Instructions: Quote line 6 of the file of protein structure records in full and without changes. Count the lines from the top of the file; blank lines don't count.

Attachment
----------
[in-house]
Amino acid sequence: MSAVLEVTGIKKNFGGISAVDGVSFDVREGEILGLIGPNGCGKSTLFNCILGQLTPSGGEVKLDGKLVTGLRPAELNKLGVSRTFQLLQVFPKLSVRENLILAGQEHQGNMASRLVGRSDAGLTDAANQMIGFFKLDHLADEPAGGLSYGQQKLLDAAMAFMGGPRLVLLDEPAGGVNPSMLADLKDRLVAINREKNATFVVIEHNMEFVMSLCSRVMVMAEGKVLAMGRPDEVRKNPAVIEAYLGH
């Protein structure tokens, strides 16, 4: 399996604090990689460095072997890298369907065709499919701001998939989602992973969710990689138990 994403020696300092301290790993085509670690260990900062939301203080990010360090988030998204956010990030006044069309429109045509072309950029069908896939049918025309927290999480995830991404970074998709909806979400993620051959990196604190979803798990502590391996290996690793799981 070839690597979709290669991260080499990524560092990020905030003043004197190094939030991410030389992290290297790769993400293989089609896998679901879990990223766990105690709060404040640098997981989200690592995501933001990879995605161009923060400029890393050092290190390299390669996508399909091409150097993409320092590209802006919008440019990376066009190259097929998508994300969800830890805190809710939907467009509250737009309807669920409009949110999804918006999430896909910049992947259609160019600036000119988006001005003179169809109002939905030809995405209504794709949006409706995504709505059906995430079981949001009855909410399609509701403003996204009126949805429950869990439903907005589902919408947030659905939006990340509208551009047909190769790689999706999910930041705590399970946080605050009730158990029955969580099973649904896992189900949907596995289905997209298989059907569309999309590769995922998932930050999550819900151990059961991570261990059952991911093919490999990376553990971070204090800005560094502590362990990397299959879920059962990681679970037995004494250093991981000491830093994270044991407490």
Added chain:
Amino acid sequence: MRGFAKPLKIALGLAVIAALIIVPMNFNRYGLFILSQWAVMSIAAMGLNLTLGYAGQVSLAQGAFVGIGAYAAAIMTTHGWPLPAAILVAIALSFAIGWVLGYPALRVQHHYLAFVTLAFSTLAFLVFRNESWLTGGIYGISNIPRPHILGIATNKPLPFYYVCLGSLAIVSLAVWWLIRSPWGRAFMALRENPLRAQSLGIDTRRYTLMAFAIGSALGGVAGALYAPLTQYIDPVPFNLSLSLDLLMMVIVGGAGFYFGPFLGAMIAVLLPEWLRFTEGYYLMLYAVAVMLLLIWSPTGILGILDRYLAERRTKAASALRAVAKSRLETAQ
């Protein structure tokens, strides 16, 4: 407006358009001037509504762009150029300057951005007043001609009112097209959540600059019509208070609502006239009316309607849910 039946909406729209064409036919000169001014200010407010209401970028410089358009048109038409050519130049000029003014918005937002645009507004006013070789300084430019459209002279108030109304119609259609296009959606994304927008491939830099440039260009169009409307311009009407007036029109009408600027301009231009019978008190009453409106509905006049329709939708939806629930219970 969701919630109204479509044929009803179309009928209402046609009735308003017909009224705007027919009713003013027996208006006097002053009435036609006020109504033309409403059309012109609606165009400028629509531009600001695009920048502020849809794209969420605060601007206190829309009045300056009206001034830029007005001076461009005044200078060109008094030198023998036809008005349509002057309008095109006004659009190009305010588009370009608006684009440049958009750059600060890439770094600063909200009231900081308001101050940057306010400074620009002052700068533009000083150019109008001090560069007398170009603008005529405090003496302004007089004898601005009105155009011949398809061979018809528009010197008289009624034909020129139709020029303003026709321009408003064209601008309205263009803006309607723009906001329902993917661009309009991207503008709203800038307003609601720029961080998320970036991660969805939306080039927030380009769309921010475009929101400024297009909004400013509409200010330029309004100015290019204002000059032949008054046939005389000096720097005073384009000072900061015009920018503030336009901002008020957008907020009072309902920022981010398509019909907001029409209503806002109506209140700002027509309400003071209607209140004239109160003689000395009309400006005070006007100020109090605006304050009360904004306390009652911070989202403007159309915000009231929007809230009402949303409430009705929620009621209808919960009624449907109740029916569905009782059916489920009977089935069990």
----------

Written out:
């Protein structure tokens, strides 16, 4: 407006358009001037509504762009150029300057951005007043001609009112097209959540600059019509208070609502006239009316309607849910 039946909406729209064409036919000169001014200010407010209401970028410089358009048109038409050519130049000029003014918005937002645009507004006013070789300084430019459209002279108030109304119609259609296009959606994304927008491939830099440039260009169009409307311009009407007036029109009408600027301009231009019978008190009453409106509905006049329709939708939806629930219970 969701919630109204479509044929009803179309009928209402046609009735308003017909009224705007027919009713003013027996208006006097002053009435036609006020109504033309409403059309012109609606165009400028629509531009600001695009920048502020849809794209969420605060601007206190829309009045300056009206001034830029007005001076461009005044200078060109008094030198023998036809008005349509002057309008095109006004659009190009305010588009370009608006684009440049958009750059600060890439770094600063909200009231900081308001101050940057306010400074620009002052700068533009000083150019109008001090560069007398170009603008005529405090003496302004007089004898601005009105155009011949398809061979018809528009010197008289009624034909020129139709020029303003026709321009408003064209601008309205263009803006309607723009906001329902993917661009309009991207503008709203800038307003609601720029961080998320970036991660969805939306080039927030380009769309921010475009929101400024297009909004400013509409200010330029309004100015290019204002000059032949008054046939005389000096720097005073384009000072900061015009920018503030336009901002008020957008907020009072309902920022981010398509019909907001029409209503806002109506209140700002027509309400003071209607209140004239109160003689000395009309400006005070006007100020109090605006304050009360904004306390009652911070989202403007159309915000009231929007809230009402949303409430009705929620009621209808919960009624449907109740029916569905009782059916489920009977089935069990």